BNP link rocks institute of architects

Matt Weaver
Thursday June 15, 2006

A member of the British National Party is campaigning to become
president of the Royal Institute of British Architects.

Peter Phillips, who is a member of the institute's governing council, is
running for the high-profile post of president after getting the
necessary backing from 60 fellow architects.

But today he faces a call for his expulsion from the institute after he
admitted last night at an election meeting that he is a member of the BNP.
Mr Prasad added: "To propagate its repellent views the BNP leeches on
the very real grievances of white communities that our political system
neglects. The RIBA has members who feel alienated from 'the system' and
bullied by bureaucracy.

"I respect their right to decide for themselves whether Peter Phillips
is likely to guide the RIBA to effective answers to their problems, or
exactly, and destructively, in the opposite direction, like the BNP."

He said that Mr Phillips's views were shared only by a "miniscule
minority" of the profession.

Mr Philips has yet to respond.

The six-week presidential ballot began on Monday. The winner, who will
serve as president from 2007 to 2009, will be announced on July 26.

In a statement the RIBA attempted to distance itself from Mr Phillips:
"The RIBA values the contribution to architecture and society by people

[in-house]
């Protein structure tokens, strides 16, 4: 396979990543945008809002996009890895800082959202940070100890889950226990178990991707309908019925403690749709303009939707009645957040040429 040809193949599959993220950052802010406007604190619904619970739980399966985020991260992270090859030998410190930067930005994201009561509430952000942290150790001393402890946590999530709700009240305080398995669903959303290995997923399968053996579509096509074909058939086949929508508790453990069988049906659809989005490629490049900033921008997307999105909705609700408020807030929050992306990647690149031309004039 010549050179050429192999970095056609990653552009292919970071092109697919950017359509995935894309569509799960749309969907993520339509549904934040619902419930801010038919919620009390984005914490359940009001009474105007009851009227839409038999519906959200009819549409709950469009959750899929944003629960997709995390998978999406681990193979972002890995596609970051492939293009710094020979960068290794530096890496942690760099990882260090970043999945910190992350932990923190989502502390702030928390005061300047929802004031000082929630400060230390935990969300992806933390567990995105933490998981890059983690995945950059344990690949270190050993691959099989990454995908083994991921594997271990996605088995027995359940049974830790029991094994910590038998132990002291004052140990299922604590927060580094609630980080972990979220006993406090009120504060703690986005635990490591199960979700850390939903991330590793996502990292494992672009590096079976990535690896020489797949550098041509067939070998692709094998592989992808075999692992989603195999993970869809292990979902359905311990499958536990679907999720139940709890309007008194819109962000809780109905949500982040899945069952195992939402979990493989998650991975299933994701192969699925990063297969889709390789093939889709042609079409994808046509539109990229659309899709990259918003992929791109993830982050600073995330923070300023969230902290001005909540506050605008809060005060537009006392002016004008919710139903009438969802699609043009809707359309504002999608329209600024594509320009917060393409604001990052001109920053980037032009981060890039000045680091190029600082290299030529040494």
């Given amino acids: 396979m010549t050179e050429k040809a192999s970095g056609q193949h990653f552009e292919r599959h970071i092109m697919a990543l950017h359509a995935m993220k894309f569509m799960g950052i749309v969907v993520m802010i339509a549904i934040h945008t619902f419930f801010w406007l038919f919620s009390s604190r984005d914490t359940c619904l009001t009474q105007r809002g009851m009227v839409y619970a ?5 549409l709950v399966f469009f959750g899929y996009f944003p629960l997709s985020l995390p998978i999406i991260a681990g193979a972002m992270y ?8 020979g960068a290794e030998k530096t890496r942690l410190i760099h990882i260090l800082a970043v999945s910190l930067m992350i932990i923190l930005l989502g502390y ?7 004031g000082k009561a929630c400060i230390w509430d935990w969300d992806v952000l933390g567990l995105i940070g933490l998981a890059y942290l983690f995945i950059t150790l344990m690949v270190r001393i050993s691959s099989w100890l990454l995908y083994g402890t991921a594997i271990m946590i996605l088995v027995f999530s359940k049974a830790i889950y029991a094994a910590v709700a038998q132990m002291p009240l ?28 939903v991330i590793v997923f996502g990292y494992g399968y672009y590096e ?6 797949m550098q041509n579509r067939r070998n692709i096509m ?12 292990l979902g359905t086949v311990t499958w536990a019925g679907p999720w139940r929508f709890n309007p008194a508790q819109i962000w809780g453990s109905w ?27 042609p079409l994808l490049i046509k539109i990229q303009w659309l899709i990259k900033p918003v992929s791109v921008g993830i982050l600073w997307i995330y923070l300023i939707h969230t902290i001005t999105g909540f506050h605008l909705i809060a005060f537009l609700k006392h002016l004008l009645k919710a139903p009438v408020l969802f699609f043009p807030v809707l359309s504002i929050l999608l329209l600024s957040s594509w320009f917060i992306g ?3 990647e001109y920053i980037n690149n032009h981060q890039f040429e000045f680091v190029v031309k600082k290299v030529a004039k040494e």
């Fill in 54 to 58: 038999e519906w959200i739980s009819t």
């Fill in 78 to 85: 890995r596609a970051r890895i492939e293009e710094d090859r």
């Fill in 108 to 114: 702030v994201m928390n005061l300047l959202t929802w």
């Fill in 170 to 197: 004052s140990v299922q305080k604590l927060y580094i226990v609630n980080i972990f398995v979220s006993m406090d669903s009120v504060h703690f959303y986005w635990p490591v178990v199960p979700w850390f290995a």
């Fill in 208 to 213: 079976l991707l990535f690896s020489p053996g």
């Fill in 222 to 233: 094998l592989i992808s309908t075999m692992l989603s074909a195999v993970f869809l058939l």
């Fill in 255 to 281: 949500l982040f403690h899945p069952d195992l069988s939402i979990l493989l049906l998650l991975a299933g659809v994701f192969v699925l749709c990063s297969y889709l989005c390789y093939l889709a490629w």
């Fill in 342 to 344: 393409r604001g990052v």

of diverse origins and backgrounds, and is firmly committed to equality
of opportunity.

"The views that the candidates express in their election campaigns will
not necessarily represent the position of the RIBA as an Institute, nor
the views of its wider membership."

RIBA Presidential candidate Peter Phillips has confirmed that he is a
member of the British National Party, BD can reveal.

By Ellen Bennett

Phillips made a statement at last night's presidential hustings
confirming he has been a member of the right-wing party for five years,
and has stood as a BNP candidate in elections.

He will shortly be issuing a statement on his website with more details.

RIBA president Jack Pringle said he was "shocked but not surprised by
the revelation.

"To find out a member of RIBA Council has been a member of a legal but
extremist party is really worrying," he said.

Phillips had already caused a stir in the presidential race by
suggesting that pressure groups should not have special access to or be
funded by the RIBA. Fellow candidate Sunand Prasad said he found the
views of the BNP "abhorrent". He added: "They say they are not racist
but it's a party based on racial purity and racial separateness, and
their views are entirely abhorrent to the majority of people who want a
better world."

Both Pringle and Prasad stopped short of calling on Phillips to stand
down from the election, saying the BNP was a legal party and it was up
to the electorate to decide.

"It's good that he has come clean," said Pringle, "and there's no
question of him being disqualified from running. But it's important the
electorate understand the context in which his views are held."

The third candidate, Valerie Owen, declined to comment, saying only:
"The institute is apolitical which is exactly as it should be given its
international status."